Gary: You just went over landing pages. I wanted to ask a question that I have had on my mind for a while. Most people who have landing pages just go on and on forever. You just keep scrolling and you never finish the page, it’s like 10 pages worth. Is that the best way to handle a landing page or is it better to keep it a little bit simpler?
Chris: This is embarrassing to tell you, but it works. I can tell you from my own experiences that the minute I started putting longer, not as long as those scary yellow highlighter pages, landing pages, it worked. It converted way better than what I thought would work, which is small, brief, and to the point. What happens is this: there are a bunch of tire kicker, hem and haw, chew on the inside of their mouth kind of people who wonder “what if this”. You have to put as many “what if this” answers on the page as you possibly can to get them to click the buy it button. I think that it starts with maybe you should consider buy this buttons and by the time you’re at the bottom you’re cursing. I think that if you stick enough “buy” buttons in there as well so that people don’t have to scroll 300 miles to find the one that tells you the price. Just numerically through my testing, that’s what works. Just like when people hate pop ups on websites, the reason there are pop ups on websites including mine is because they work. There is hockey stick growth to newsletter subscription once you start to have pop ups. Christopher Penn said to me years ago, “You can hate it all you want. Once you put it on you will not take it off”.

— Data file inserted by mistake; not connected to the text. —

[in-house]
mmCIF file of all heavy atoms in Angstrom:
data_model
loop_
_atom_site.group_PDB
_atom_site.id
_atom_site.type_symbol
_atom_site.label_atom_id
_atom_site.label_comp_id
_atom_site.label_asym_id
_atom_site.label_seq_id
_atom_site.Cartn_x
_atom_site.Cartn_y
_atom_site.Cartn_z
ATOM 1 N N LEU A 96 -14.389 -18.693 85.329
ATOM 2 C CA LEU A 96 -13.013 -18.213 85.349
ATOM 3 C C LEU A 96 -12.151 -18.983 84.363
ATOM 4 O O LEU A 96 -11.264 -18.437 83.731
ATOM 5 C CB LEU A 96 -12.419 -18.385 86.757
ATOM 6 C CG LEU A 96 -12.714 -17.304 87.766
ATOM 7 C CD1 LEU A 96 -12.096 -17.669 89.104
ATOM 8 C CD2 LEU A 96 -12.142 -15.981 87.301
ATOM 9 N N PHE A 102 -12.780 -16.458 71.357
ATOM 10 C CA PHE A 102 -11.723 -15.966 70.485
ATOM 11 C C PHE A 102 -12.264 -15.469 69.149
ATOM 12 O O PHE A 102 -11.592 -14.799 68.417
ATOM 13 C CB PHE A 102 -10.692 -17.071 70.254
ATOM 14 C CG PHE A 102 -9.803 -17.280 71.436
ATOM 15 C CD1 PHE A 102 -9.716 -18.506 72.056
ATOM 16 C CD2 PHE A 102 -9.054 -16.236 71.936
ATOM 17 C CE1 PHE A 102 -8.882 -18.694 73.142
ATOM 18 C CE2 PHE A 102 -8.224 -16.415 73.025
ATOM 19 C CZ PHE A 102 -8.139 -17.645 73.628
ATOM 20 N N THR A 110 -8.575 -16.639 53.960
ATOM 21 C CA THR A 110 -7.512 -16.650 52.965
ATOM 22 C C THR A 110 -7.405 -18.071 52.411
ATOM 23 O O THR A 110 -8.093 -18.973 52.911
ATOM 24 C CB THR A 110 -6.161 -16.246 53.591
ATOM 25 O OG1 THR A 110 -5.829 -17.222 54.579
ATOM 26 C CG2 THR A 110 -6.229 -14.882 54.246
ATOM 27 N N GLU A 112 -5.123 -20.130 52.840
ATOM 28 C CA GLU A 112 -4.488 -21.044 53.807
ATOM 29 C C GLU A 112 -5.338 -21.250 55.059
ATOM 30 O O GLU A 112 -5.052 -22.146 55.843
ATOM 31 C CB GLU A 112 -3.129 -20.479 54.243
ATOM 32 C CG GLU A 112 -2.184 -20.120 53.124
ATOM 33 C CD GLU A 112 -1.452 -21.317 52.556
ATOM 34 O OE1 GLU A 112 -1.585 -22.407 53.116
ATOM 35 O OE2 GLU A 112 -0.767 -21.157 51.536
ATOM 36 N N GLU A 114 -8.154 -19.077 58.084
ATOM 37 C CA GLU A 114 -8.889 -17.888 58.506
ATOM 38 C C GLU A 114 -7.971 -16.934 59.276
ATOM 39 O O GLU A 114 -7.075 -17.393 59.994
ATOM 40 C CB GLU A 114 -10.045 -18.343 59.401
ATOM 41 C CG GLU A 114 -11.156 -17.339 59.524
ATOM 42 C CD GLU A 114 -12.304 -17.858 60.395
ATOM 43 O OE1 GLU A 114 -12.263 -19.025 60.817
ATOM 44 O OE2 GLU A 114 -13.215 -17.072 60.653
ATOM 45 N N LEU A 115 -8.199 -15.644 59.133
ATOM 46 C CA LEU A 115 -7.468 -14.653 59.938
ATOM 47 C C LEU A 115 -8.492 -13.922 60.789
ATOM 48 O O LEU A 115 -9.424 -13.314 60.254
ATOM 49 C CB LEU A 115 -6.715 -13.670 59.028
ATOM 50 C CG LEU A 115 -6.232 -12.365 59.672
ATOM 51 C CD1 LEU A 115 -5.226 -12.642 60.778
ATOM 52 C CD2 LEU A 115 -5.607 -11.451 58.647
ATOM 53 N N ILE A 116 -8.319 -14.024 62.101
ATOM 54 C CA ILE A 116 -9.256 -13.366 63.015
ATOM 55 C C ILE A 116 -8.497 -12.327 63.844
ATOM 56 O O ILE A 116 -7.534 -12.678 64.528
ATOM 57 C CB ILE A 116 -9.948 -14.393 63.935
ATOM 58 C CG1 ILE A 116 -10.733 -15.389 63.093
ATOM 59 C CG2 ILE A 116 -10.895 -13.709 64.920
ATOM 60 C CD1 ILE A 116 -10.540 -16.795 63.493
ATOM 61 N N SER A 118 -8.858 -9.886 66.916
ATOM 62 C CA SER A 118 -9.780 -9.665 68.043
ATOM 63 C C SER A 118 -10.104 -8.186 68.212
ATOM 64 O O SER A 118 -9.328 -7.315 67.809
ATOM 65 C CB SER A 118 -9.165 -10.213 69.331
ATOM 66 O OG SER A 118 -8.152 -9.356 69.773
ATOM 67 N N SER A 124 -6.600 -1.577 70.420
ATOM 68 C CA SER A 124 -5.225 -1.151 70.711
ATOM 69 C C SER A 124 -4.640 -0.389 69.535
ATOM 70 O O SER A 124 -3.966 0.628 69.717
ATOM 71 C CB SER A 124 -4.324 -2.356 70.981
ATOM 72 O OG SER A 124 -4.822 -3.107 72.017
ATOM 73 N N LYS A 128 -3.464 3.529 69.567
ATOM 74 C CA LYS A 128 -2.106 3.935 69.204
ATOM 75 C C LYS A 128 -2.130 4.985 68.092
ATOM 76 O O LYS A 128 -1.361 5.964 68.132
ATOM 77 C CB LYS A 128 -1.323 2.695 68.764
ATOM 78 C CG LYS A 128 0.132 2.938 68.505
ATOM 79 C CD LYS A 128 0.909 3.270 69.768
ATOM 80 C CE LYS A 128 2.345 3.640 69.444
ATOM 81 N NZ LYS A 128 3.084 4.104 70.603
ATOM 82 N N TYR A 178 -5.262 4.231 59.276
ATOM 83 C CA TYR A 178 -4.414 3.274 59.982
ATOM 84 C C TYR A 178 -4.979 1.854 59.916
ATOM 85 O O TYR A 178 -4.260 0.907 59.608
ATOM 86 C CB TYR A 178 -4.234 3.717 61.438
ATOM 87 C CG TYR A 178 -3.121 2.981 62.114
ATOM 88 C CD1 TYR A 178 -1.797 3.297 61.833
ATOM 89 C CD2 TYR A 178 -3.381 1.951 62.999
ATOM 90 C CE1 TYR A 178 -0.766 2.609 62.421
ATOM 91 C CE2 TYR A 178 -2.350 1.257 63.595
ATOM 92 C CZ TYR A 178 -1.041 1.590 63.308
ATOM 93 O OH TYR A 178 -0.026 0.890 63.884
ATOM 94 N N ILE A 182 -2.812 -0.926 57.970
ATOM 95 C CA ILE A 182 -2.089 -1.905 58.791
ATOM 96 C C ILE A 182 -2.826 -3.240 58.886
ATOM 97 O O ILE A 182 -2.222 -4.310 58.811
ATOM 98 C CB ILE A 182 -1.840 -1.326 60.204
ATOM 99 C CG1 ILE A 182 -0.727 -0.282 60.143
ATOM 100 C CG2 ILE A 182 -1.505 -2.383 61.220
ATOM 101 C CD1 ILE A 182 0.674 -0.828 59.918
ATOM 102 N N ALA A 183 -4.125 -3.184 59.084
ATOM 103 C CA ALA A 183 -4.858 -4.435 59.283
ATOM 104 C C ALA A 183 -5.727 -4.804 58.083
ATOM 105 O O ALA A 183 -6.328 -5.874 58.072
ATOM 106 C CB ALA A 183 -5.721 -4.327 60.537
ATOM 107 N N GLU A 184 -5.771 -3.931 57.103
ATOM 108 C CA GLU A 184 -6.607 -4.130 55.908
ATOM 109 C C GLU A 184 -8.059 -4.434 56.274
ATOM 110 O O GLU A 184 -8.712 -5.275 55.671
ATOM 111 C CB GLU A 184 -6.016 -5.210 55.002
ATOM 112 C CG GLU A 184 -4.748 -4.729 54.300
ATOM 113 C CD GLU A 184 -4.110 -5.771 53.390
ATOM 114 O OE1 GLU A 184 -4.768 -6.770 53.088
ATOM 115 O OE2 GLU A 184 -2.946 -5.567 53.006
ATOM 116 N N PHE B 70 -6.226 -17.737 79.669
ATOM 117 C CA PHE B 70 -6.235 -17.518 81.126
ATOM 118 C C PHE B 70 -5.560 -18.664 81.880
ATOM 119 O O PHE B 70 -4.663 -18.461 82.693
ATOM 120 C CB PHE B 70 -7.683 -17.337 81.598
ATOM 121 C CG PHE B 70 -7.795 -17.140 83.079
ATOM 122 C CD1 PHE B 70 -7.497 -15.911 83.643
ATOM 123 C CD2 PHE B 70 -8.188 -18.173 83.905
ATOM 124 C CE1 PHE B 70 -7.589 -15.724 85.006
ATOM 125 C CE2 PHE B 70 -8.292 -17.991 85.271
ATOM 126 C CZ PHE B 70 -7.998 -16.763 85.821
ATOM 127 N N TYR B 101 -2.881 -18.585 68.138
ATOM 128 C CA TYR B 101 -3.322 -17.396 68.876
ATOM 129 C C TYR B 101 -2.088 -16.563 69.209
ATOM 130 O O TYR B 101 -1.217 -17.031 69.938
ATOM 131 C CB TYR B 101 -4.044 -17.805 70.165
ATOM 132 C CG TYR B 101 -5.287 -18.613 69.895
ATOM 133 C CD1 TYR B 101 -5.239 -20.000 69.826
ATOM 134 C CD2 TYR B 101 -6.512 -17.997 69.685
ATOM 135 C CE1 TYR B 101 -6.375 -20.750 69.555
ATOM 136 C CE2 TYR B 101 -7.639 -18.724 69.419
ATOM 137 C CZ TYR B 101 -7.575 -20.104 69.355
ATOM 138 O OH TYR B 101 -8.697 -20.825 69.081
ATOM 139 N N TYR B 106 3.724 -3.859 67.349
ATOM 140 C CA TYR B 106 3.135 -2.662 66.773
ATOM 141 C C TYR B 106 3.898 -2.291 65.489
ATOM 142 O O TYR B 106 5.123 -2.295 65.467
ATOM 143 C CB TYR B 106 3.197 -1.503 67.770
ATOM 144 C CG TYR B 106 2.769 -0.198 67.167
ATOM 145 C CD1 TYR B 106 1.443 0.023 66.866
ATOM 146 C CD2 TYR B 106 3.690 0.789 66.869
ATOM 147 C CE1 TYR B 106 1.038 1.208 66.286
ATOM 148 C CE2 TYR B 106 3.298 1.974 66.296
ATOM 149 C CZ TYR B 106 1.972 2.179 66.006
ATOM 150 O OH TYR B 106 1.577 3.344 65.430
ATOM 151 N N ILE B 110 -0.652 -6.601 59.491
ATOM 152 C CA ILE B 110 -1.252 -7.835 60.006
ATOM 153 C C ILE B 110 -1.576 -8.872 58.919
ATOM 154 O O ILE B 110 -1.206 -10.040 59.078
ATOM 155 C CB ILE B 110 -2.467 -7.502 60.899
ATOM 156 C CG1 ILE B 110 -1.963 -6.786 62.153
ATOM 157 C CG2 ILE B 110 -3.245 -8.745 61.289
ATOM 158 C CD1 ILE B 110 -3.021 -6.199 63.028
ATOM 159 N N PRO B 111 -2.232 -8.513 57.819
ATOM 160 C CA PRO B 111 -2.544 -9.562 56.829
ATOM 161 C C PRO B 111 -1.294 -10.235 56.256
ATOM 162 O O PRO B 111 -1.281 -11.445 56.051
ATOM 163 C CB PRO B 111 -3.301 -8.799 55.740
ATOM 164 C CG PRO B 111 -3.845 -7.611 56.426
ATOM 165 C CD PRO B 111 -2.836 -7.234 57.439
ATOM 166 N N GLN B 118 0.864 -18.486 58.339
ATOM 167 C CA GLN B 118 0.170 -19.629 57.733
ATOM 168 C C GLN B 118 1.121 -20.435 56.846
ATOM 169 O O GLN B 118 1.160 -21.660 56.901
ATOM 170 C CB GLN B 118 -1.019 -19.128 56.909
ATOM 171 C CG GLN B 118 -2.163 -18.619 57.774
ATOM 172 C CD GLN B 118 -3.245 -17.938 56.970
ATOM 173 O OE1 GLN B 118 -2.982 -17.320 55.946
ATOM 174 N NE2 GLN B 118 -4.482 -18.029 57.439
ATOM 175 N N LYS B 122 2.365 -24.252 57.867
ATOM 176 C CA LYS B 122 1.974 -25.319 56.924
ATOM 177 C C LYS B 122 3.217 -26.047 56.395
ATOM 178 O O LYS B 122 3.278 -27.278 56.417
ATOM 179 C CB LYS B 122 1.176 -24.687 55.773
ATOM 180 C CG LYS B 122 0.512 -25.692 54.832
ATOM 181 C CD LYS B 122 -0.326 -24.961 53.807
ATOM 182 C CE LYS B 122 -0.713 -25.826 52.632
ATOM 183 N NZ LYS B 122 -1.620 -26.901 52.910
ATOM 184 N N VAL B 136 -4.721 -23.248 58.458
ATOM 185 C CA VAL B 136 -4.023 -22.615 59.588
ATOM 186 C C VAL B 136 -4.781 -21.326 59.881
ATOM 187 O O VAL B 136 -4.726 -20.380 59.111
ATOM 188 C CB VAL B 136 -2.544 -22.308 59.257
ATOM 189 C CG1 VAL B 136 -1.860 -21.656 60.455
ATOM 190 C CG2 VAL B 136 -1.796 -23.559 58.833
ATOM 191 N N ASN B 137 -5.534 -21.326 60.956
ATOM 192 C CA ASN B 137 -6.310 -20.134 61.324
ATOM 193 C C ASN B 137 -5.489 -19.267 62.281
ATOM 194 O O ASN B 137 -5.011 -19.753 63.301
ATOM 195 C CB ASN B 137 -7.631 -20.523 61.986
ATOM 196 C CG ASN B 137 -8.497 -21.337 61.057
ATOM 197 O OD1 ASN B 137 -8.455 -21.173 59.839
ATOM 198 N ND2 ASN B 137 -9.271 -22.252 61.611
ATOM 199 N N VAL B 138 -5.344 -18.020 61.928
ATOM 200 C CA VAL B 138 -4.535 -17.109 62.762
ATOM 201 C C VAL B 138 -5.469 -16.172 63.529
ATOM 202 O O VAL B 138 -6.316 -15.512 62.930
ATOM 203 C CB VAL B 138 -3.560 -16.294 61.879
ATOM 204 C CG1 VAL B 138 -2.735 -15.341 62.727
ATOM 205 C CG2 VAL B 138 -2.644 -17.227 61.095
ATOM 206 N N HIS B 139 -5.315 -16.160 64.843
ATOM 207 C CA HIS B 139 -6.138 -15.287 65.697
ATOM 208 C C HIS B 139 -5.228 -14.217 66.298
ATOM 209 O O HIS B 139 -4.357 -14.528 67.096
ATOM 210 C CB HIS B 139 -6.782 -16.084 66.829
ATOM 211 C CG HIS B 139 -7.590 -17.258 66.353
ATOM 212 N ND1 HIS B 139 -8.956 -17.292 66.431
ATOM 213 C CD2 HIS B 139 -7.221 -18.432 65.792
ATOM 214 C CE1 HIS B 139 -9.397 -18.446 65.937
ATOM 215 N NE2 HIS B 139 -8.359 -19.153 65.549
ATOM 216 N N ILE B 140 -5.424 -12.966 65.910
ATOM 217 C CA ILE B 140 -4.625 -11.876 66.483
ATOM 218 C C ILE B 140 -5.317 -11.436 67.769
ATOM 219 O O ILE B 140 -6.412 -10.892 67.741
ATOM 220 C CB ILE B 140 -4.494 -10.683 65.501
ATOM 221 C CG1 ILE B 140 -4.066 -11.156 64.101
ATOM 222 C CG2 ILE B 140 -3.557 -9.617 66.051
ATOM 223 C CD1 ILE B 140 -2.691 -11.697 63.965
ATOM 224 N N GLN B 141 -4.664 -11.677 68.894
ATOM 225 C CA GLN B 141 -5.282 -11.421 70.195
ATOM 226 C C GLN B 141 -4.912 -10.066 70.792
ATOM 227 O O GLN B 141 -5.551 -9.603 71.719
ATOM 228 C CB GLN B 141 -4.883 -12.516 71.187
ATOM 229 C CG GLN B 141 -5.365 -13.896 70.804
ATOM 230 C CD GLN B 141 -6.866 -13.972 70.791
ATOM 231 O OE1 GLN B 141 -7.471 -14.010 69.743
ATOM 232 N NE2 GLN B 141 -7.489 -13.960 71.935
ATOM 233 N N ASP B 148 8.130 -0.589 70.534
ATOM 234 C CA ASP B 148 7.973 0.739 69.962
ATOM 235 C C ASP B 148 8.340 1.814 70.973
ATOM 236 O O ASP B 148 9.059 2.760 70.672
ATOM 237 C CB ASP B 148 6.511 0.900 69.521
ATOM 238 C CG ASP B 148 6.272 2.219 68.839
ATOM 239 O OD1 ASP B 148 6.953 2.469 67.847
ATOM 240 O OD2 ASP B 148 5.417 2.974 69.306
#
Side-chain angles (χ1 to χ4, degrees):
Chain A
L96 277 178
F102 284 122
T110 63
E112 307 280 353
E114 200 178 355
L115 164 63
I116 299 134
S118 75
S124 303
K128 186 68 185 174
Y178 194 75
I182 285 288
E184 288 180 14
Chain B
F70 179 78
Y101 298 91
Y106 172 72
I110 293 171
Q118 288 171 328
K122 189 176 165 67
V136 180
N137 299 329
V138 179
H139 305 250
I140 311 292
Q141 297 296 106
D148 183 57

Gary: When you say that the information is in there over and over, you are really closing all of the doors that could be negative reasons not to buy this product. They are just covering every negative reason why I wouldn’t buy, and making sure they are giving more reasons not to say no, to say yes.
Chris: You’ve got it. Jacqueline a long time ago made an excuse removal system. You have to come up with as many reasons to remove excuses as possible. She used it for exercise. If you remove all of the reason to not exercise, you will have a better shot at actually doing it. In this case you want every reason why not to buy to be handled as best you can and that will give you a shot. So if you are selling softball equipment, people could wonder if the gear is league qualified because he is in the south and my league is in Montana, maybe there are different rules. You would want to say “league certified in all 50 states” or whatever the language is. There are all of these things where you can mind read a little bit and scatter those around. If you charge a little more, you can do something like guarantee that they will get exactly the product you want and not a random substitute. There are all kinds of things you can throw in there that will help people get over their mental barriers and hurdles. The best way to think about this, especially if you sell things in the physical world, you want to think about what you would say across the table, if I were elbow to elbow with this person, what would I say to them to make them feel better. The other thing they are getting at that moment is they are looking in your eyes and they can’t do that on the net sometimes, so what are you going to make them feel like they can.
Gary: That’s a really good point. Let me ask you about your book. I heard Michael Selznick interview you about your book. I even sent you a comment, which I never do to anyone, because that book hit with me so much with what you were saying. Your book is “The Freaks Shall Inherit the Earth”. Can you tell us what that means?